“You know what I’m looking for,” the presence said. “Go get it for me, and see once more that it’s ready for binding. If you hand me an unprepared weapon, the price you’ve set on it will be nothing compared to the one you’ll pay.”

Aven got up, and felt the pull of the spirit’s power sweep over him. He retched and fell to his knees as the spirit enclosed his flesh with a dark, cold magic. When the sickness had passed, he pushed himself up on his hands, and looked at the demon through puffy, bleary eyes.

“And what,” he said between coughs, “shall I tell Wizard Larin, spirit?”

The specter softly laughed, but said nothing in reply.

Aven, his will stripped from him as easily as sundered gossamer, got up, retrieved the sword, and came back with the blade dripping water across his hands. The demon forced him to his knees,  made him raise his hands, presenting the sword as to a rightful king.

The eldritch creature took the blade with the illusion of hands that were young, smooth, and had never shed blood, and inspected the blade with clear eyes that had never seen the corruption of mortal souls.

“You’ve done well, Aven. You may rise.”

Aven stood, his hands balled into impotent fists of defiance.

The spirit came close, looking deep into Aven’s eyes; he could no more look away than if the being had put his own eyes into the smith’s sockets.

“When this battle is done, Aven the Blacksmith will no longer be an obscure peasant tucked away in an unknown valley in the middle of nowhere; he will be a rich man beyond his wildest dreams, making weapons for the likes of high kings until his heart stops, and his name will be on the tongues of bards for centuries to come.

“Rest now, Aven, there will be no ceremony of Lore- binding for you to attend, but rather, the barely attended. funeral of a wizard who crossed me. You’ll know him by the coffin leaking his blood. We will be the only two that see his departure from this world.


The spirit faded, and as its power receded with it, setting Aven free, he wasn’t sure if his cry of anguish was from pain, sorrow, fear, or a swirling combination that made him piss himself as he passed out on the floor.




They call the silence deafening, here in these winter hills. It is quite a profound and abject stillness.

The cold has even bid the night creatures to ban their hunts; there will be no prey, and the hunters themselves risk death. Better then, to go hungry and feast in the times of thaw, where the ice and snow become fresh water.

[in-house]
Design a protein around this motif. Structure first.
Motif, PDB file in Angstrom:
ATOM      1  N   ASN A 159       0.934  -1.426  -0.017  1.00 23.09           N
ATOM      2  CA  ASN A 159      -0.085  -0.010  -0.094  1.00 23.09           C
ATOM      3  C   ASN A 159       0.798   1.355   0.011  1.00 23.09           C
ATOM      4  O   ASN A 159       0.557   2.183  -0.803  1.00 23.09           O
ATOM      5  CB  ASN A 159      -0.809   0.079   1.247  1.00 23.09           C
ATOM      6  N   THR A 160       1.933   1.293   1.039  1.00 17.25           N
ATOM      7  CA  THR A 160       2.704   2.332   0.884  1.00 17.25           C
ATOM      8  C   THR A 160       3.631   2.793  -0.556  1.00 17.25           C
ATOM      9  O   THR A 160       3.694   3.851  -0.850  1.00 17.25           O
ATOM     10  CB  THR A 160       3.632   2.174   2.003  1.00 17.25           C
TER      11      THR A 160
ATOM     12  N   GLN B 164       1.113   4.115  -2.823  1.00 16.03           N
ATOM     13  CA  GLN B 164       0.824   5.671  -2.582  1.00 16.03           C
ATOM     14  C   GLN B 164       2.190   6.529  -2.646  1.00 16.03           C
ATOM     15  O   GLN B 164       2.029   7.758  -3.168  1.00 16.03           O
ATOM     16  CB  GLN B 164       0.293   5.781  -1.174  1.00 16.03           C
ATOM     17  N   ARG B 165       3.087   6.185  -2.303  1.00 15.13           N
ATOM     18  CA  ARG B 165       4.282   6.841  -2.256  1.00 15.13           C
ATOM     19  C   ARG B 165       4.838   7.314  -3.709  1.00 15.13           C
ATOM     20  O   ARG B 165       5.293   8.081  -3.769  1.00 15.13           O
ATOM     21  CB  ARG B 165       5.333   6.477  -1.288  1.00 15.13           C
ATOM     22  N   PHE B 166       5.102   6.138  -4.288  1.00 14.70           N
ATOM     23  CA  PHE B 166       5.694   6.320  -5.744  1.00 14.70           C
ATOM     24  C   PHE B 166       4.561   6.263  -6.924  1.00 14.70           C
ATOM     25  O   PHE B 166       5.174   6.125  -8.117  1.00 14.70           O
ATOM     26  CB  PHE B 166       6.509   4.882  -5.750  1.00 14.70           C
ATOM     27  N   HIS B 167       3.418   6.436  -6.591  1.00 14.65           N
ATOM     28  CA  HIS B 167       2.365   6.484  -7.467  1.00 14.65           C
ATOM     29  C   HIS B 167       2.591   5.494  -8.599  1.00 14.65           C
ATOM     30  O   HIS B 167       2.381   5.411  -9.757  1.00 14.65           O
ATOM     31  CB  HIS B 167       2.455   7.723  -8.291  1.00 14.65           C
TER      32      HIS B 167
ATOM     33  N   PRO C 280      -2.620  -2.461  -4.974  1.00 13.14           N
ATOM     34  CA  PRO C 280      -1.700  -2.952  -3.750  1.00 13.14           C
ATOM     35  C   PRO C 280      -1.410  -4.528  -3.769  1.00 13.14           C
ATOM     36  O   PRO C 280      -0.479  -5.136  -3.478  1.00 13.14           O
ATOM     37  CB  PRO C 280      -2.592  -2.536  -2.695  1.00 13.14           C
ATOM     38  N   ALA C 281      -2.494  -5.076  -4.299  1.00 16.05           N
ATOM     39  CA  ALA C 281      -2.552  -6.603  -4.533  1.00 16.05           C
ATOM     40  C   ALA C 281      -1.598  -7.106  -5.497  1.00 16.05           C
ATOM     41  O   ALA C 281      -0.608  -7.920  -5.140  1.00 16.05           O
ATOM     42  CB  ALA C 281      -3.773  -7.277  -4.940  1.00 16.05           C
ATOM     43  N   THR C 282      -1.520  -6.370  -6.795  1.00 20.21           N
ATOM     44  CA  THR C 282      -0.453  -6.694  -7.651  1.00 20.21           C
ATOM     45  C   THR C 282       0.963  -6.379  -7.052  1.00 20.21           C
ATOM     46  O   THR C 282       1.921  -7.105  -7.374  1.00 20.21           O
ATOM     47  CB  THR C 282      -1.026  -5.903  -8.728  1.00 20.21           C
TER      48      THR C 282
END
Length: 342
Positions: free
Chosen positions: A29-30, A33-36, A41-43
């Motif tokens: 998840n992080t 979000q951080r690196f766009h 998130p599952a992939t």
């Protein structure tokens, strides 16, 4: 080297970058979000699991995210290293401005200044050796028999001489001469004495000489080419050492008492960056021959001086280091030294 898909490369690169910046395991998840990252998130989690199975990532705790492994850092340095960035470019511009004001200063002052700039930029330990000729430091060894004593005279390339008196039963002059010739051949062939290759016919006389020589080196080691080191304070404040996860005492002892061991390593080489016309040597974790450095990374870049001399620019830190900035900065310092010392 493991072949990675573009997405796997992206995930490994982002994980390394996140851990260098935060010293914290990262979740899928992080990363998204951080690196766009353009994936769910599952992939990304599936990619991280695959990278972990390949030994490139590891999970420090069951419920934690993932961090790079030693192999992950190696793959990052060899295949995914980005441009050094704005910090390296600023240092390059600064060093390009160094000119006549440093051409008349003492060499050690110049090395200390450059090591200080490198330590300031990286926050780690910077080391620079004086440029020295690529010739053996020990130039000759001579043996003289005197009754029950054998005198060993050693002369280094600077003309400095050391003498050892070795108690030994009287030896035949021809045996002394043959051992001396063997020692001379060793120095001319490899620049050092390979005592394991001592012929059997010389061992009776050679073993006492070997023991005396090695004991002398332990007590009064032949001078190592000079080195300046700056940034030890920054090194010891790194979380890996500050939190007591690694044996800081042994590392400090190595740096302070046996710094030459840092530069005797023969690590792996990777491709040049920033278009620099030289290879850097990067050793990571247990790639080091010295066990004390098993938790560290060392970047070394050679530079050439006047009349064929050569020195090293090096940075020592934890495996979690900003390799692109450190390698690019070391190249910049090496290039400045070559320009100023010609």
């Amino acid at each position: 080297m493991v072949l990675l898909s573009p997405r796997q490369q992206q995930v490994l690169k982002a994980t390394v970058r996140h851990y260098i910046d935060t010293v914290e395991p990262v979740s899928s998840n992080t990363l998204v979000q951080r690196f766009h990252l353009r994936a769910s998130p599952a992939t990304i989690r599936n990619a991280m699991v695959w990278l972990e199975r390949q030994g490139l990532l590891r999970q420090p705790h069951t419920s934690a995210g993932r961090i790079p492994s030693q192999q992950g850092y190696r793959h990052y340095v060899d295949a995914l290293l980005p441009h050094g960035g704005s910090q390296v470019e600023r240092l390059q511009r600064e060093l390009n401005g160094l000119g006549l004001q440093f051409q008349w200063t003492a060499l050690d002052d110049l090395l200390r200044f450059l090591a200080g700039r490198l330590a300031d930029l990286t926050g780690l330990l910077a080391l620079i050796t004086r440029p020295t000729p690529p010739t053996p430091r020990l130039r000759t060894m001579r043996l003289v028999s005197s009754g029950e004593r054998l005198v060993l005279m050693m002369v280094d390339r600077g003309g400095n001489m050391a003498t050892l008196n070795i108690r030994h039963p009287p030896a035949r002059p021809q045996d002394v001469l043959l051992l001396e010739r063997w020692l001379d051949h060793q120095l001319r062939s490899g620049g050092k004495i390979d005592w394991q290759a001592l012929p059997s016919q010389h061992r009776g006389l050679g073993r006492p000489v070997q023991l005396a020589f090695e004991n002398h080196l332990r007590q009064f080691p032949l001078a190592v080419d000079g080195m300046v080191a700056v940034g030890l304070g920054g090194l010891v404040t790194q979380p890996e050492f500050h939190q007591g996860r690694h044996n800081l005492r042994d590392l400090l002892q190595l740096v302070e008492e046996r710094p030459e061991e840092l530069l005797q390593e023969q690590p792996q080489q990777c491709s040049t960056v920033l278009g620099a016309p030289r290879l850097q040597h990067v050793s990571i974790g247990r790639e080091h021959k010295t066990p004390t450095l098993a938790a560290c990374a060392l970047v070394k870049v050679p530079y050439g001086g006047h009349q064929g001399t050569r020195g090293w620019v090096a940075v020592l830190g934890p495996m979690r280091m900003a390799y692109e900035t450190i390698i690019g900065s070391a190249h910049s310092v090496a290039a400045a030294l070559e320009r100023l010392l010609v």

I pull my hood close to keep what fleeting warmth remains.

But in the starry darkness I wonder if it’s the silence that’s deafening, or the world deaf to the cries of my heart.

Am I just a child tugging on the hem of a guardian angel too tall to see me?

Do these snowy mountains hide me from celestial view?

Does the silence shroud me as it smothers the longing of my soul?

This silence, this wintry, bitter silence is far more active than being deaf.

It crushes.

It kills.

It’s indifference to me makes it all the colder.

Useless then, to go on.

Soon I too will lie under a blanket of snow, and become one with the silence.

A Father’s Day Memory (2018)

My father’s love of music got to me at an early age. In his apartment he had a ‘music room’ with a reproduction of Picasso’s Three Musicians (Musicians with Masks) painting.

There was always something on the turntable, a ‘featured artist,’ and stuff I played just out of curiosity. I would get lost in the sheer variety, the crafting of the cover art, the liner notes, which I’d read while the music played. It opened the jazz and classical worlds for me, two genres that your average kid growing up in the South Bronx didn’t really have access to.

He had a particular fondness for the jazz organ of Jimmy Smith, the flute of Herbie Mann, the percussive mastery of Mongo Santamaria, and the radical balladry of Nina Simone.

What impressed me the most about my dad regarding this was his prodigious memory.

During my high school years he’d moved out to Teaneck, NJ, and I spent summers there house sitting while he was at work. There wasn’t much in the way of chores except on the weekends where I’d help with the gardening and woodworking projects, but during the week I was free to dive into the bookshelves and records most of the day.

One day I was playing Beethoven’s Missa Solemnis (Solemn Mass) because I’d never heard it before, and didn’t even know he’d written a Mass. My father walked in, listened to a few seconds of it, and identified it somewhere in the middle of the first movement.

I was impressed. To this day, I wouldn’t be able to identify that if I heard it; it’s not the sort of thing one often plays outside of those who are Beethoven aficionados, or hears played even on classical music stations. It’s a long, serious piece of music, to put it mildly, and I couldn’t say then (1977) how many times he listened to it himself, but it was often enough that he recognized it from a tiny section of audio.

As deep as his love of music was, I don’t know why he never became a musician himself; he was pretty much the kind of man who could do anything he set his mind to. But as far as I know, he never did.

The passion with which he did love it yet remains, and became a permanent part of my life. It provided an escape from the streets, a release for expressing myself, and a legacy my sons continue.

I now have most of my dad’s collection now, Missa Solemnis among them. I haven’t played it yet, but summer’s just starting…